|By Ashley Ratcliff, Palos Verdes
Peninsula News, Calif.McClatchy-Tribune Regional News
Jul. 2, 2009--RANCHO PALOS VERDES -- In addition to electing two members to fill the City Council seats that will be left vacant by Mayor Larry Clark and Councilman Peter Gardiner, Rancho Palos Verdes voters too will decide if a 2-percent hike in the city's hotel tax is appropriate.
Council voted 4-0 to raise the current transient occupancy tax, or TOT, rate from 10 percent to 12 percent and direct Clark and Councilman Doug Stern to draft the argument in support of the measure that will appear on the ballot for the Nov. 3 general election.
Gardiner was absent due to an ongoing illness.
The hotel tax, which would be levied on guests at the newly opened Terranea Resort and not RPV residents, will place the city's fee among its peers, officials said. For example, Redondo Beach, Avalon and Malibu charge a 12-percent "bedroom" tax, while the cities of Los Angeles, Beverly Hills and Santa Monica's rates are at 14 percent.
"The truth is, we have needs," Stern said. "We could either allow our city to hobble along -- and I think we've done that; none of us [were] pleased with the state of the city as we found it over the last few years. We've addressed one of the major issues -- the storm drains -- but there certainly are needs, in terms of roads. We want those to always be at an acceptable level."
While all members present at council's June 16 session were in favor of bringing the item back for consideration, the Tuesday night discussion was prefaced with uncertainty from Councilman Tom Long, who warned at the end of a previous meeting that he may change his vote.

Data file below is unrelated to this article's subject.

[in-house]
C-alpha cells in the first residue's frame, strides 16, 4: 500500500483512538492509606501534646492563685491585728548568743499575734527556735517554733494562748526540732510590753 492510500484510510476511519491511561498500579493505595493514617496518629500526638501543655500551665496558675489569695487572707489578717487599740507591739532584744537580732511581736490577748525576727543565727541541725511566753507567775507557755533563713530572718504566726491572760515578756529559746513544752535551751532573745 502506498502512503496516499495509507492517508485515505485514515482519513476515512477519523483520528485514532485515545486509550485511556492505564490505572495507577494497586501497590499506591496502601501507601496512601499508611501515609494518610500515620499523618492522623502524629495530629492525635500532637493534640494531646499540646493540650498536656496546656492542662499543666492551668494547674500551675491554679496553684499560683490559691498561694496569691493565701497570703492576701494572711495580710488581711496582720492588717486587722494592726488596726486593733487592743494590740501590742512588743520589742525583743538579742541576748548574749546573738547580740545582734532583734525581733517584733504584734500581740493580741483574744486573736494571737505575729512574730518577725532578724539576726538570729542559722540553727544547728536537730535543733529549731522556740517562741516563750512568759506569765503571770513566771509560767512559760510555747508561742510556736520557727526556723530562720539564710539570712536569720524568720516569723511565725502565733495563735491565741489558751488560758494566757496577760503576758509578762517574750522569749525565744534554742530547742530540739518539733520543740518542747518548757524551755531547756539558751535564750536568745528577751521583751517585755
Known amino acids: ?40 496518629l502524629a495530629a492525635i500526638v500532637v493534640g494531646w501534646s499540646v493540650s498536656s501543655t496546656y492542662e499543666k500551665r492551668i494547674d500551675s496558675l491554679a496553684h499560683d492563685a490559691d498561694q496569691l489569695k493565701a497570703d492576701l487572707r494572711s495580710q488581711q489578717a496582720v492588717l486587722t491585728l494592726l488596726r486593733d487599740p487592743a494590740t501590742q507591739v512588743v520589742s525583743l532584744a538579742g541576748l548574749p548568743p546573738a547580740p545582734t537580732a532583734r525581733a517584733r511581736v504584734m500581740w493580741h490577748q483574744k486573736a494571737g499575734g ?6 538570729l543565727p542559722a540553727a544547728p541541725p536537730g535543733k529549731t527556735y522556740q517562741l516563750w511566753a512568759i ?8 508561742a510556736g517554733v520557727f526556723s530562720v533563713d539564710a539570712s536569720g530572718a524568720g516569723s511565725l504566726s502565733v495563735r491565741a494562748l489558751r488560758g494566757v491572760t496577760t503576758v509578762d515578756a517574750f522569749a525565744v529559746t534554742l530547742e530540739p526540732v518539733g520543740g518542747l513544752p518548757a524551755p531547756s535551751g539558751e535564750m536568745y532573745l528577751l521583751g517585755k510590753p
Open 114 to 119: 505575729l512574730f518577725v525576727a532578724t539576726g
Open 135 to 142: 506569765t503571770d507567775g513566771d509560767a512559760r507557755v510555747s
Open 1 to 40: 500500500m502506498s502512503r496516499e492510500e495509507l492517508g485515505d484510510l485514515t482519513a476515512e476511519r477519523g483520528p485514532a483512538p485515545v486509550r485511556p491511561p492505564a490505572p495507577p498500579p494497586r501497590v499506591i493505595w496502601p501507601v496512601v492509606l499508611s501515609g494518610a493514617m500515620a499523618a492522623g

However, Long's backing was critical, as City Attorney Carol Lynch noted that, in accordance with state law, all four members present, or two-thirds of council, needed to vote affirmatively for the tax increase to appear on the ballot.
While the timing of this proposed increase led Long to draw the conclusion that the increase was proposed as a direct result of the city's $8.2-million hotel tax sharing agreement, Clark said he would have pushed this initiative regardless.
Under the arrangement, Lowe Enterprises, the resort's owner and operator, will repay the city by 2013, or 2014 if a one-year extension is needed, with interest.
"This would put us in line with Redondo Beach and others, and would provide an additional augmented revenue stream," Clark said.
Incidentally, Lowe Enterprises Chairman and CEO Bob Lowe
said he would support the increase, as long as
it didn't exceed 12 percent.
Recused from the Terranea TOT vote because his law firm planned a retreat at the oceanfront venue, Long said his hesitation stems from council's decision to "essentially give away 80 percent of [its] revenue" via the agreement. That alone raises "significant" issues of fairness.
"I think it's appropriate for government to try to assist businesses, to try to make loans to help save a business, and I think this loan was not necessary to save the business ... On the one hand, we are not all that forthcoming with helping small business. Reasonably, on what I thought was a simple issue of, Could a small business even be allowed to even have consideration for alternate uses for its property, the Valero (gas station)? The answer was no."
Clark objected to Long's characterization of the situation.
But Long wasn't alone in his reluctance.
Councilman Steve Wolowicz suggested sunsetting the 2-percent TOT increase until the city receives full
repayment on the Terranea loan. His motion failed.
"I'm not comfortable with increasing it forever ... I just kind of cringe when I realize that whether it's an income tax or a TOT, it's still an increase in tax," Wolowicz said.
Stern reminded his colleagues that the 12-
percent rate could always be repealed by a subsequent council or by the voters.
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